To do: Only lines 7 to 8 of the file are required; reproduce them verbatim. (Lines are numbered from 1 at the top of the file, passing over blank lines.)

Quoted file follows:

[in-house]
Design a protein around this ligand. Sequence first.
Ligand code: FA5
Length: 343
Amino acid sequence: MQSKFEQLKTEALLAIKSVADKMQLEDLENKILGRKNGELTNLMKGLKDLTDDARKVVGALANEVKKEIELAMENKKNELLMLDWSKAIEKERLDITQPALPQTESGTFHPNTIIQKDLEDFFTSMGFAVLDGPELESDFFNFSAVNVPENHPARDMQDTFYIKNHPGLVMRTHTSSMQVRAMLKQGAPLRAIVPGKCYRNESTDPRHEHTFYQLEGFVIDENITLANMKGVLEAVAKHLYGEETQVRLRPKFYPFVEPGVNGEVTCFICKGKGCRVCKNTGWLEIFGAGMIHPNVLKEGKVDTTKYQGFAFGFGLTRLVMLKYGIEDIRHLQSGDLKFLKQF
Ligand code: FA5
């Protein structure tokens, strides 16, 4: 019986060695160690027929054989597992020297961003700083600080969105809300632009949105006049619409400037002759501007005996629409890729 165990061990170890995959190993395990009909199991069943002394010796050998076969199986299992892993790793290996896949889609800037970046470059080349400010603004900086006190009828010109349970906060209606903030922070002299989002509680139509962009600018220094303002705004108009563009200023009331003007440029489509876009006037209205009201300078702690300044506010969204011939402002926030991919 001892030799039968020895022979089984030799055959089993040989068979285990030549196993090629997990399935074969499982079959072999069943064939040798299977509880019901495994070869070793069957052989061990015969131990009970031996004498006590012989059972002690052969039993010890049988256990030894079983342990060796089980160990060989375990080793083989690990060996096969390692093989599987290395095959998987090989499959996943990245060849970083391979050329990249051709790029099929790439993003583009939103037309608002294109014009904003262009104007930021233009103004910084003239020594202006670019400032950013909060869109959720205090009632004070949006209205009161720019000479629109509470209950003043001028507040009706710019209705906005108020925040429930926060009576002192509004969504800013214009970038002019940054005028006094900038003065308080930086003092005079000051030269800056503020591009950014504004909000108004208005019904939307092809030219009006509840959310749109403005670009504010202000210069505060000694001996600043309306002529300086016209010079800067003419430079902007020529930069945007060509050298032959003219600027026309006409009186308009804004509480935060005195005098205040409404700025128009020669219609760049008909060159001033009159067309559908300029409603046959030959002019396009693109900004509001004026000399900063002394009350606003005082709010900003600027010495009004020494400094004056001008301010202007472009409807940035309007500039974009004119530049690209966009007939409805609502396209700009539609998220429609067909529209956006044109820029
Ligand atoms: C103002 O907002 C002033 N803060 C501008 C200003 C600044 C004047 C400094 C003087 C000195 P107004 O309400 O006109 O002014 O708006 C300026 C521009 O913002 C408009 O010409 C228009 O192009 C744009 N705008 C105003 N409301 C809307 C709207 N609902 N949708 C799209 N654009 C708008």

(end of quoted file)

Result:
């Protein structure tokens, strides 16, 4: 019986060695160690027929054989597992020297961003700083600080969105809300632009949105006049619409400037002759501007005996629409890729 165990061990170890995959190993395990009909199991069943002394010796050998076969199986299992892993790793290996896949889609800037970046470059080349400010603004900086006190009828010109349970906060209606903030922070002299989002509680139509962009600018220094303002705004108009563009200023009331003007440029489509876009006037209205009201300078702690300044506010969204011939402002926030991919 001892030799039968020895022979089984030799055959089993040989068979285990030549196993090629997990399935074969499982079959072999069943064939040798299977509880019901495994070869070793069957052989061990015969131990009970031996004498006590012989059972002690052969039993010890049988256990030894079983342990060796089980160990060989375990080793083989690990060996096969390692093989599987290395095959998987090989499959996943990245060849970083391979050329990249051709790029099929790439993003583009939103037309608002294109014009904003262009104007930021233009103004910084003239020594202006670019400032950013909060869109959720205090009632004070949006209205009161720019000479629109509470209950003043001028507040009706710019209705906005108020925040429930926060009576002192509004969504800013214009970038002019940054005028006094900038003065308080930086003092005079000051030269800056503020591009950014504004909000108004208005019904939307092809030219009006509840959310749109403005670009504010202000210069505060000694001996600043309306002529300086016209010079800067003419430079902007020529930069945007060509050298032959003219600027026309006409009186308009804004509480935060005195005098205040409404700025128009020669219609760049008909060159001033009159067309559908300029409603046959030959002019396009693109900004509001004026000399900063002394009350606003005082709010900003600027010495009004020494400094004056001008301010202007472009409807940035309007500039974009004119530049690209966009007939409805609502396209700009539609998220429609067909529209956006044109820029
Ligand atoms: C103002 O907002 C002033 N803060 C501008 C200003 C600044 C004047 C400094 C003087 C000195 P107004 O309400 O006109 O002014 O708006 C300026 C521009 O913002 C408009 O010409 C228009 O192009 C744009 N705008 C105003 N409301 C809307 C709207 N609902 N949708 C799209 N654009 C708008």